Morningstar has rolled out analyst ratings for 250 exchange-traded funds worldwide, 100 of which are U.S.-based.
The analyst ratings — gold, silver, bronze, neutral and negative — measures Morningstar's analysts and provides an assessment of a fund's ability to beat its peers. Morningstar has been using the ratings for open-ended funds for about five years. The analyst ratings evaluate a fund's people, process, performance, parent and price.
While cost is critical in an indexed product, which most ETFs are, the management team and the parent company are important as well, said Ben Johnson, Morningstar's director of global ETF research. “When we reach out to fund firms and say we want to interview the managers, they say, 'What, those guys?'” Mr. Johnson said. “But we want to understand who they are, their experience, the systems at their disposal and their team structure.”
In addition, a good team is essential for an ETF to track its benchmark accurately, Mr. Johnson said. Nevertheless, the people pillar of the ratings don't get the same weighting for ETFs as funds with active strategies.
None of 100 ETFs currently rated by Morningstar has a negative rating. “What you see there is a matter of selection bias,” Mr. Johnson said, noting that the Chicago-based analytical firm's initial ratings are for some of the largest and lowest-cost ETFs. Two foreign ETFs ranked by Morningstar, however did get negative ratings. “Those are large funds that hold a lot of investors' hard-earned money,” he said.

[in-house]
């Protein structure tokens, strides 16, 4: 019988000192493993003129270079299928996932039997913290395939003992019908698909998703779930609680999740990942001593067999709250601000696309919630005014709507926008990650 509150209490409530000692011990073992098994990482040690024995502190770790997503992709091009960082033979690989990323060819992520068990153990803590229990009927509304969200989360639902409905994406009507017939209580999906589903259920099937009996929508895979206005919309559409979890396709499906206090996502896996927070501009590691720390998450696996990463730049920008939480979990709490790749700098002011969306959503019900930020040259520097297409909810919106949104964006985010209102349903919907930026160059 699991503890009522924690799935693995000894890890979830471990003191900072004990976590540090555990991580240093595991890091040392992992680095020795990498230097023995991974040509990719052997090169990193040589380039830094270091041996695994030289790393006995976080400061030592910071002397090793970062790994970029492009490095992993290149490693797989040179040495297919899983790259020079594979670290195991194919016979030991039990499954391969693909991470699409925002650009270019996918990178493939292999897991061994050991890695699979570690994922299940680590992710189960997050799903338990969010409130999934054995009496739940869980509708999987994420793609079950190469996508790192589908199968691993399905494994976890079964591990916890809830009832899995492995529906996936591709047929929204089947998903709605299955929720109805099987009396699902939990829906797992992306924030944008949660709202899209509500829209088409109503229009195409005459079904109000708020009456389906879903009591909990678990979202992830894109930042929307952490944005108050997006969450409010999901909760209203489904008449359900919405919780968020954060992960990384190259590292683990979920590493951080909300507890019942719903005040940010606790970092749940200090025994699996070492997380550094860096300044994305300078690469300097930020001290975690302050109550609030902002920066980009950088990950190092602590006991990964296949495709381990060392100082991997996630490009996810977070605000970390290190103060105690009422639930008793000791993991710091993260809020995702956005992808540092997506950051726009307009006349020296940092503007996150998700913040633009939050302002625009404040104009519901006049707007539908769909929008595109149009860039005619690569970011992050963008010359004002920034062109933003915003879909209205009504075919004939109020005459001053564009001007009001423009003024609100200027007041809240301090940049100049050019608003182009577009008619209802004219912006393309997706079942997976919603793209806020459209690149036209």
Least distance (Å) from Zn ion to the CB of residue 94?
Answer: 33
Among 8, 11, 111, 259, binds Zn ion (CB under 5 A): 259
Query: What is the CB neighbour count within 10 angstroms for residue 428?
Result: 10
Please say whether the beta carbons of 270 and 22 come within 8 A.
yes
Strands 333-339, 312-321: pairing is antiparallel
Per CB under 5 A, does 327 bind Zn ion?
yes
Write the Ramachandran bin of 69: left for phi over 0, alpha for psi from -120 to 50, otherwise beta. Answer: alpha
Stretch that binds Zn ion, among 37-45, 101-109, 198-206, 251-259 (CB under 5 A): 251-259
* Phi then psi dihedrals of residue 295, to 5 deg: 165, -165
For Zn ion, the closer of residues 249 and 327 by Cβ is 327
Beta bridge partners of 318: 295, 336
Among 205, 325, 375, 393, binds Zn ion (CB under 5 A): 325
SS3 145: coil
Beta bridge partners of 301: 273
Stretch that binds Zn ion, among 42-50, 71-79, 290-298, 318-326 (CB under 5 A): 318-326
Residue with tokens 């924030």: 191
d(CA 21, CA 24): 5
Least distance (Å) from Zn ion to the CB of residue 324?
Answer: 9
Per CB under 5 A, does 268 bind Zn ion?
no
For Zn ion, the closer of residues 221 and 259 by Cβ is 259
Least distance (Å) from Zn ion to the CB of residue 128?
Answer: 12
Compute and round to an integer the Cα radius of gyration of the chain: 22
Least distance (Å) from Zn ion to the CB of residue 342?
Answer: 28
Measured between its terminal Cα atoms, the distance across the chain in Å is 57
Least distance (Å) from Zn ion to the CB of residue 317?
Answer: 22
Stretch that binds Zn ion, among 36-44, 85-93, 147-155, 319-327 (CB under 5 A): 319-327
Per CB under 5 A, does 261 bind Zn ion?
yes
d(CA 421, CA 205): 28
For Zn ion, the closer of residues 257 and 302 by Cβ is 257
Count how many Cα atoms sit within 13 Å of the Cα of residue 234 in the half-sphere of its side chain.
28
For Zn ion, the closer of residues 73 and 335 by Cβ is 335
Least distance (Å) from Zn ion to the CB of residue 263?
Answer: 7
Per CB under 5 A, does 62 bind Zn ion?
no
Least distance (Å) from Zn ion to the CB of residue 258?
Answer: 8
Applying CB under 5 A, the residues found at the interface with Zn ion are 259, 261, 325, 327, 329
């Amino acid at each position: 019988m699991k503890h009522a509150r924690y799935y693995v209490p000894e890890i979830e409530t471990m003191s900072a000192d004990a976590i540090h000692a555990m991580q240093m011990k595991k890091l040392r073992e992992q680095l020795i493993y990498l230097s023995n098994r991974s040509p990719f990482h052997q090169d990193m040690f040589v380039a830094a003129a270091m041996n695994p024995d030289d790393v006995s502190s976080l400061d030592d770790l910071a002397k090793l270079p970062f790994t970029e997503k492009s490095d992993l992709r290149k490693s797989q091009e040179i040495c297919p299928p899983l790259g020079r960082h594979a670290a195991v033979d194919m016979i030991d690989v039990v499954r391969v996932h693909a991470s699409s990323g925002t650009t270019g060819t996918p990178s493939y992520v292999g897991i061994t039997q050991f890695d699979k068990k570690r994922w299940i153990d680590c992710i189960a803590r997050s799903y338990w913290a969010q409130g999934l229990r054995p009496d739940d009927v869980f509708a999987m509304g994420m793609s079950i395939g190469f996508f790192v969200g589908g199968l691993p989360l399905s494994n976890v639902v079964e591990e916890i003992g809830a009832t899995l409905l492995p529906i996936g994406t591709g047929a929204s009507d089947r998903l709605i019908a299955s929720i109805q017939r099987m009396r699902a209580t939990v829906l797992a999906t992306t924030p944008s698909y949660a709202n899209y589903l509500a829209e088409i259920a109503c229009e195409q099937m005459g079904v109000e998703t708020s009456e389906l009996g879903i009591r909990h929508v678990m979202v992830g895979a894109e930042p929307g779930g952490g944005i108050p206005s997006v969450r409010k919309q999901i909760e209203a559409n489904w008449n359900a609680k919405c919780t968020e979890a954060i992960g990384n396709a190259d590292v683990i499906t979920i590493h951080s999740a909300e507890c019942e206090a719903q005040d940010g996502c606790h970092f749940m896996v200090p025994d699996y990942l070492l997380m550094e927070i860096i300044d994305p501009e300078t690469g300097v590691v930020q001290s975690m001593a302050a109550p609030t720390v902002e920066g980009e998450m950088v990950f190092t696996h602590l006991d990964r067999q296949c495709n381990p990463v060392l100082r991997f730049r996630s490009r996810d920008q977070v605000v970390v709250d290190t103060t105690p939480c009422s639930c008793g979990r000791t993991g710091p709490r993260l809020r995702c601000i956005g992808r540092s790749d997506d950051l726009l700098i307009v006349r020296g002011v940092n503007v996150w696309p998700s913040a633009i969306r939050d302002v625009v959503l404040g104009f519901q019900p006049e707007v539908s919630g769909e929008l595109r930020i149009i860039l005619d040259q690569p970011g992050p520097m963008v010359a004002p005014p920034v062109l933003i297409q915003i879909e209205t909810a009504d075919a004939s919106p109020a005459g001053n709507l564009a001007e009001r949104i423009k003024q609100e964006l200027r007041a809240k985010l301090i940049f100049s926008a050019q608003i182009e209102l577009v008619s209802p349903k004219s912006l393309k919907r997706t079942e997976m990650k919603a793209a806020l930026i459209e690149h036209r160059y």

Eventually, Morningstar plans to rate 200 to 250 ETFs, which will represent more than 80% of the overall assets in ETFs. That leaves more than 1,500 funds unranked. “Calling many of them half-baked or quarter-baked might be generous,” Mr. Johnson said. “In many cases, they're just gimmicky concepts, which is nothing new in the fund industry.
With many of the new ETFs, the best rule is to avoid them, Mr. Johnson said. The larger, more established funds fill most investors' needs. “Everything you need is in front of your face,” he said. “It's not efficient to cover all ETFs on a one-by-one basis.”
In the U.S., Morningstar analysts assigned a gold rating to 18 ETFs, a silver rating to 38 ETFs, a bronze rating to 35 ETFs, and a neutral rating to 11 ETFs. You can see Morningstar's ratings for U.S. ETFs here.